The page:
I had multiple successful wine brewing experiences without sanitizing the bucket with potassium metabisulfite. Is it really necessary? How often should I sanitize the bucket?

I know potassium metabisulfite powder should not be breathe-in, and it is irritant to lungs and mucous membranes, so is it safe for human consumption? what will happen if the bucket is not fully dried?

Thank you very much!

2 Answers 2


Sanitation is critical with each and every batch. Anyone can get lucky a few times. But eventually you will have problems if you don't properly sanitize your fermentation equipment.

Metabisulfite does not need to be rinsed or dried. If you are concerned about it going airborne or producing sulfurous gases, consider an alternative no-rinse sanitizer such as StarSan, which is probably even more effective, and not hazardous at all.


  • Metabisulphite is also used as a water treatment for beermaking (to remove excess chlorination) so I wouldn't worry too much about any residue.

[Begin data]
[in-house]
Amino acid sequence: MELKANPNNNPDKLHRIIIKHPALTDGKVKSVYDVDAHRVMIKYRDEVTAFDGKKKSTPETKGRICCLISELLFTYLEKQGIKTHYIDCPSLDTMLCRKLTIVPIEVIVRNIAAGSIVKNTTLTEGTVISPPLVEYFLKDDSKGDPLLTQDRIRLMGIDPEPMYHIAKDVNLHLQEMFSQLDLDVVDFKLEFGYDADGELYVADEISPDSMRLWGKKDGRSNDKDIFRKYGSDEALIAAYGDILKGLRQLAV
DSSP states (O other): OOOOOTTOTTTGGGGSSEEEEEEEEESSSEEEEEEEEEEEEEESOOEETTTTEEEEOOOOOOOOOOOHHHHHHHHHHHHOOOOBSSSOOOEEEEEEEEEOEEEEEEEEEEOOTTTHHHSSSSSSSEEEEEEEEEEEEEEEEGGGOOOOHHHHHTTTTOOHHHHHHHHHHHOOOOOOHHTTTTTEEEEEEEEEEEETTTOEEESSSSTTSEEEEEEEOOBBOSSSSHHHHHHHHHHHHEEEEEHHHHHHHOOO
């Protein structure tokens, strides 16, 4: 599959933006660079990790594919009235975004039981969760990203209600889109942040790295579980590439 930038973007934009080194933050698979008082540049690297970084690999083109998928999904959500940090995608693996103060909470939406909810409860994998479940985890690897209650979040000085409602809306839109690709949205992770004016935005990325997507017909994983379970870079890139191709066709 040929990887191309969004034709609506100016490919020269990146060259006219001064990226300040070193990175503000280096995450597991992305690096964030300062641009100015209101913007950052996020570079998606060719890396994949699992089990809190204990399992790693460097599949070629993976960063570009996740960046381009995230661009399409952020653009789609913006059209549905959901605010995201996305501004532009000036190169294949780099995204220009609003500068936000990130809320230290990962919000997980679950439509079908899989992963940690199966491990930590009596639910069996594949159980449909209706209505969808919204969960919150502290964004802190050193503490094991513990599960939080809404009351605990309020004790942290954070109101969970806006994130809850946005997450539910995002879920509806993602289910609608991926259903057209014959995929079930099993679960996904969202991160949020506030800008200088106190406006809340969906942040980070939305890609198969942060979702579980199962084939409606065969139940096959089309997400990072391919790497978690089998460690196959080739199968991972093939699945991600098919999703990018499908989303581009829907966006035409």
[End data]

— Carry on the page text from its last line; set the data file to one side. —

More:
– Dave45
    Commented Jan 23, 2021 at 19:08

Sanitizing the fermentation bucket (and all equipment that will be in contact with the must) is recommended before making any new batch of wine, but Potassium Metabisulfite is not the only product, you can use StarSan, Aceptox, etc. It is often used when making wine since wine naturally contains sulfites and adding some more is often desired for preservation. You may wear a mask when handling the powder, but once it is mixed with water it is ok. I use a spray bottle with a mixture of water and Metabisulfite to sanitize my equipment when making wine, and Aceptox when making beer.

Most wines contain Sulfites, so the little that could be dried on the fermenter will be added to the wine, which is usually not enough to reach the recommended amount, so winemakers often add even more (camden caplets, etc.) to protect the wine from oxygen, allowing for a longer stabilization/conditioning.

The "general principle" is that the more air is allowed to be in contact with the wine, the more sulfites are depleted. Once no more sulfites are present, the wines oxydizes.

Your Answer

By clicking “Post Your Answer”, you agree to our terms of service and acknowledge you have read our privacy policy.

Not the answer you're looking for? Browse other questions tagged or ask your own question.